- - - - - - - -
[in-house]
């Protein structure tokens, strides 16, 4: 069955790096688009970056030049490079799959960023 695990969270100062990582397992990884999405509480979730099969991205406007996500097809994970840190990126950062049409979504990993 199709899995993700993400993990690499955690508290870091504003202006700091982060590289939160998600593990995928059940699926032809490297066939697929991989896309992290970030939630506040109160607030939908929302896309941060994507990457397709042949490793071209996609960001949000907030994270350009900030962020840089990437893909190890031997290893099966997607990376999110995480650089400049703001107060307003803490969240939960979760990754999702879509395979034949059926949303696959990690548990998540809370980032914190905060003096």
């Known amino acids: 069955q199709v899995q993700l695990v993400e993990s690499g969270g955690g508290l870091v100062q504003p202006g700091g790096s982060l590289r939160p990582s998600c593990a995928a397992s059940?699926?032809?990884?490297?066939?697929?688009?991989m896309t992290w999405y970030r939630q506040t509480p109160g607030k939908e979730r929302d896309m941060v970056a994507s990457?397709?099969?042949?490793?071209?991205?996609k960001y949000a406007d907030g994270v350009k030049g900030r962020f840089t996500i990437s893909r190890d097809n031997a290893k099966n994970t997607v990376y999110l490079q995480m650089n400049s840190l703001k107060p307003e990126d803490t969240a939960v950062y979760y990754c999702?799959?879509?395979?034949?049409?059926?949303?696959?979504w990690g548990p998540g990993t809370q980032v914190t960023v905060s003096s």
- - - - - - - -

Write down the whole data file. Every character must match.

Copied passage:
[in-house]
């Protein structure tokens, strides 16, 4: 069955790096688009970056030049490079799959960023 695990969270100062990582397992990884999405509480979730099969991205406007996500097809994970840190990126950062049409979504990993 199709899995993700993400993990690499955690508290870091504003202006700091982060590289939160998600593990995928059940699926032809490297066939697929991989896309992290970030939630506040109160607030939908929302896309941060994507990457397709042949490793071209996609960001949000907030994270350009900030962020840089990437893909190890031997290893099966997607990376999110995480650089400049703001107060307003803490969240939960979760990754999702879509395979034949059926949303696959990690548990998540809370980032914190905060003096």
């Known amino acids: 069955q199709v899995q993700l695990v993400e993990s690499g969270g955690g508290l870091v100062q504003p202006g700091g790096s982060l590289r939160p990582s998600c593990a995928a397992s059940?699926?032809?990884?490297?066939?697929?688009?991989m896309t992290w999405y970030r939630q506040t509480p109160g607030k939908e979730r929302d896309m941060v970056a994507s990457?397709?099969?042949?490793?071209?991205?996609k960001y949000a406007d907030g994270v350009k030049g900030r962020f840089t996500i990437s893909r190890d097809n031997a290893k099966n994970t997607v990376y999110l490079q995480m650089n400049s840190l703001k107060p307003e990126d803490t969240a939960v950062y979760y990754c999702?799959?879509?395979?034949?049409?059926?949303?696959?979504w990690g548990p998540g990993t809370q980032v914190t960023v905060s003096s």